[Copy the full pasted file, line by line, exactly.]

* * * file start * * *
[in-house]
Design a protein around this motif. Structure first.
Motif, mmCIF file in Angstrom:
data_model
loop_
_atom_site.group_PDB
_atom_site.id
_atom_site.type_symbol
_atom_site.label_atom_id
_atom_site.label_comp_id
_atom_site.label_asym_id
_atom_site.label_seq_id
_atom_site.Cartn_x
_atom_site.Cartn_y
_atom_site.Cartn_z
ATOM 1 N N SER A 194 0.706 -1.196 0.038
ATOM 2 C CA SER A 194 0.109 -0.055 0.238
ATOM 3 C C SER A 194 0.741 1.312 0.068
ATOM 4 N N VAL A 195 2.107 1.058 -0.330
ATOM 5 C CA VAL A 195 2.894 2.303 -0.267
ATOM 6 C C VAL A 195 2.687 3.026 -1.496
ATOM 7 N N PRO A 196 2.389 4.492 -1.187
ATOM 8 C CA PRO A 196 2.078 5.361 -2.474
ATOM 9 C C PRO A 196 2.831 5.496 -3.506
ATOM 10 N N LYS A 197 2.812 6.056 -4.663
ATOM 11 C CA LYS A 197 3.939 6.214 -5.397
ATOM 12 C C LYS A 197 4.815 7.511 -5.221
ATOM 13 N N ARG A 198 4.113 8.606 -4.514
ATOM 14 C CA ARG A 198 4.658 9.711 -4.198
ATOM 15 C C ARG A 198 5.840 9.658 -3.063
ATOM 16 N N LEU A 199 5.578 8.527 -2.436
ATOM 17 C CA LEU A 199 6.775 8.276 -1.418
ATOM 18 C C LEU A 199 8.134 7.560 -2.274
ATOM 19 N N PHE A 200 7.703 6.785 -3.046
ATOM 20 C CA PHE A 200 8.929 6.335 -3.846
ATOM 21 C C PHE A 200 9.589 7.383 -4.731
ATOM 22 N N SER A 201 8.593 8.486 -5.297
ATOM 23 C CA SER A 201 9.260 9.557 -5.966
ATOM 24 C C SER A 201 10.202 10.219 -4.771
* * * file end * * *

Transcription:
[in-house]
Design a protein around this motif. Structure first.
Motif, mmCIF file in Angstrom:
data_model
loop_
_atom_site.group_PDB
_atom_site.id
_atom_site.type_symbol
_atom_site.label_atom_id
_atom_site.label_comp_id
_atom_site.label_asym_id
_atom_site.label_seq_id
_atom_site.Cartn_x
_atom_site.Cartn_y
_atom_site.Cartn_z
ATOM 1 N N SER A 194 0.706 -1.196 0.038
ATOM 2 C CA SER A 194 0.109 -0.055 0.238
ATOM 3 C C SER A 194 0.741 1.312 0.068
ATOM 4 N N VAL A 195 2.107 1.058 -0.330
ATOM 5 C CA VAL A 195 2.894 2.303 -0.267
ATOM 6 C C VAL A 195 2.687 3.026 -1.496
ATOM 7 N N PRO A 196 2.389 4.492 -1.187
ATOM 8 C CA PRO A 196 2.078 5.361 -2.474
ATOM 9 C C PRO A 196 2.831 5.496 -3.506
ATOM 10 N N LYS A 197 2.812 6.056 -4.663
ATOM 11 C CA LYS A 197 3.939 6.214 -5.397
ATOM 12 C C LYS A 197 4.815 7.511 -5.221
ATOM 13 N N ARG A 198 4.113 8.606 -4.514
ATOM 14 C CA ARG A 198 4.658 9.711 -4.198
ATOM 15 C C ARG A 198 5.840 9.658 -3.063
ATOM 16 N N LEU A 199 5.578 8.527 -2.436
ATOM 17 C CA LEU A 199 6.775 8.276 -1.418
ATOM 18 C C LEU A 199 8.134 7.560 -2.274
ATOM 19 N N PHE A 200 7.703 6.785 -3.046
ATOM 20 C CA PHE A 200 8.929 6.335 -3.846
ATOM 21 C C PHE A 200 9.589 7.383 -4.731
ATOM 22 N N SER A 201 8.593 8.486 -5.297
ATOM 23 C CA SER A 201 9.260 9.557 -5.966
ATOM 24 C C SER A 201 10.202 10.219 -4.771